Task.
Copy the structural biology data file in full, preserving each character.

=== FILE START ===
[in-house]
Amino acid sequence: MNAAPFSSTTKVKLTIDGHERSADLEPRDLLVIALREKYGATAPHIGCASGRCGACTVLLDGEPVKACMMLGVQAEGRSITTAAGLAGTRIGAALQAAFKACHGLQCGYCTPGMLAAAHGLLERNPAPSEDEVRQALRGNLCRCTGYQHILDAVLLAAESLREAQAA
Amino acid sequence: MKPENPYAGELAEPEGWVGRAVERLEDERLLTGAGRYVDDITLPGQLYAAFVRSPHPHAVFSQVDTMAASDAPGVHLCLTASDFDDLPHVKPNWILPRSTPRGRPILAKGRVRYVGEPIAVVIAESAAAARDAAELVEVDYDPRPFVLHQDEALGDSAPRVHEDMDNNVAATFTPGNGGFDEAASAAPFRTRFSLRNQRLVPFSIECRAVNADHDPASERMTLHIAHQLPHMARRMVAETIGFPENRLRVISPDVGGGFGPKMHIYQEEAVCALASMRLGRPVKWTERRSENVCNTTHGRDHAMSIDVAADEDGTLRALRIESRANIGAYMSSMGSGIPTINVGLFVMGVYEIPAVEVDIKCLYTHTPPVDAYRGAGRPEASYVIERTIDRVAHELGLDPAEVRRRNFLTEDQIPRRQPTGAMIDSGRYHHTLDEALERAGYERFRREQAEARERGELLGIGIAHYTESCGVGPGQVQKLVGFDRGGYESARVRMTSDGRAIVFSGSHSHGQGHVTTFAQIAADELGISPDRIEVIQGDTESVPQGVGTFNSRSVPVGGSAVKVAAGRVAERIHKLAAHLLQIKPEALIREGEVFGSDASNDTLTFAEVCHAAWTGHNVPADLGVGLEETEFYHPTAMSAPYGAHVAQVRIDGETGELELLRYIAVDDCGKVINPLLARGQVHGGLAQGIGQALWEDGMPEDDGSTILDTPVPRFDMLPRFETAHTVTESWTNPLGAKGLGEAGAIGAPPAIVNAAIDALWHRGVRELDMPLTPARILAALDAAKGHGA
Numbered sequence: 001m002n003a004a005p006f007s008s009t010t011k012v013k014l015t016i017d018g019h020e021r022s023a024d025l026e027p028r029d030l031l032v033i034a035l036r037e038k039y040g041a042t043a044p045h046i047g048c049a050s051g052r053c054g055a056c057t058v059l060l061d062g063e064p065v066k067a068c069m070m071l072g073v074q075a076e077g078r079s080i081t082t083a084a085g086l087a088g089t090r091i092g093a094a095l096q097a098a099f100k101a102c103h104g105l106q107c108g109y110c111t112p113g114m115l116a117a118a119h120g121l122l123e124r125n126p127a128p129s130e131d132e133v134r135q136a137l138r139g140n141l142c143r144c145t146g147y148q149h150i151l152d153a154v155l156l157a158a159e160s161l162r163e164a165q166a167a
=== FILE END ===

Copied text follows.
[in-house]
Amino acid sequence: MNAAPFSSTTKVKLTIDGHERSADLEPRDLLVIALREKYGATAPHIGCASGRCGACTVLLDGEPVKACMMLGVQAEGRSITTAAGLAGTRIGAALQAAFKACHGLQCGYCTPGMLAAAHGLLERNPAPSEDEVRQALRGNLCRCTGYQHILDAVLLAAESLREAQAA
Amino acid sequence: MKPENPYAGELAEPEGWVGRAVERLEDERLLTGAGRYVDDITLPGQLYAAFVRSPHPHAVFSQVDTMAASDAPGVHLCLTASDFDDLPHVKPNWILPRSTPRGRPILAKGRVRYVGEPIAVVIAESAAAARDAAELVEVDYDPRPFVLHQDEALGDSAPRVHEDMDNNVAATFTPGNGGFDEAASAAPFRTRFSLRNQRLVPFSIECRAVNADHDPASERMTLHIAHQLPHMARRMVAETIGFPENRLRVISPDVGGGFGPKMHIYQEEAVCALASMRLGRPVKWTERRSENVCNTTHGRDHAMSIDVAADEDGTLRALRIESRANIGAYMSSMGSGIPTINVGLFVMGVYEIPAVEVDIKCLYTHTPPVDAYRGAGRPEASYVIERTIDRVAHELGLDPAEVRRRNFLTEDQIPRRQPTGAMIDSGRYHHTLDEALERAGYERFRREQAEARERGELLGIGIAHYTESCGVGPGQVQKLVGFDRGGYESARVRMTSDGRAIVFSGSHSHGQGHVTTFAQIAADELGISPDRIEVIQGDTESVPQGVGTFNSRSVPVGGSAVKVAAGRVAERIHKLAAHLLQIKPEALIREGEVFGSDASNDTLTFAEVCHAAWTGHNVPADLGVGLEETEFYHPTAMSAPYGAHVAQVRIDGETGELELLRYIAVDDCGKVINPLLARGQVHGGLAQGIGQALWEDGMPEDDGSTILDTPVPRFDMLPRFETAHTVTESWTNPLGAKGLGEAGAIGAPPAIVNAAIDALWHRGVRELDMPLTPARILAALDAAKGHGA
Numbered sequence: 001m002n003a004a005p006f007s008s009t010t011k012v013k014l015t016i017d018g019h020e021r022s023a024d025l026e027p028r029d030l031l032v033i034a035l036r037e038k039y040g041a042t043a044p045h046i047g048c049a050s051g052r053c054g055a056c057t058v059l060l061d062g063e064p065v066k067a068c069m070m071l072g073v074q075a076e077g078r079s080i081t082t083a084a085g086l087a088g089t090r091i092g093a094a095l096q097a098a099f100k101a102c103h104g105l106q107c108g109y110c111t112p113g114m115l116a117a118a119h120g121l122l123e124r125n126p127a128p129s130e131d132e133v134r135q136a137l138r139g140n141l142c143r144c145t146g147y148q149h150i151l152d153a154v155l156l157a158a159e160s161l162r163e164a165q166a167a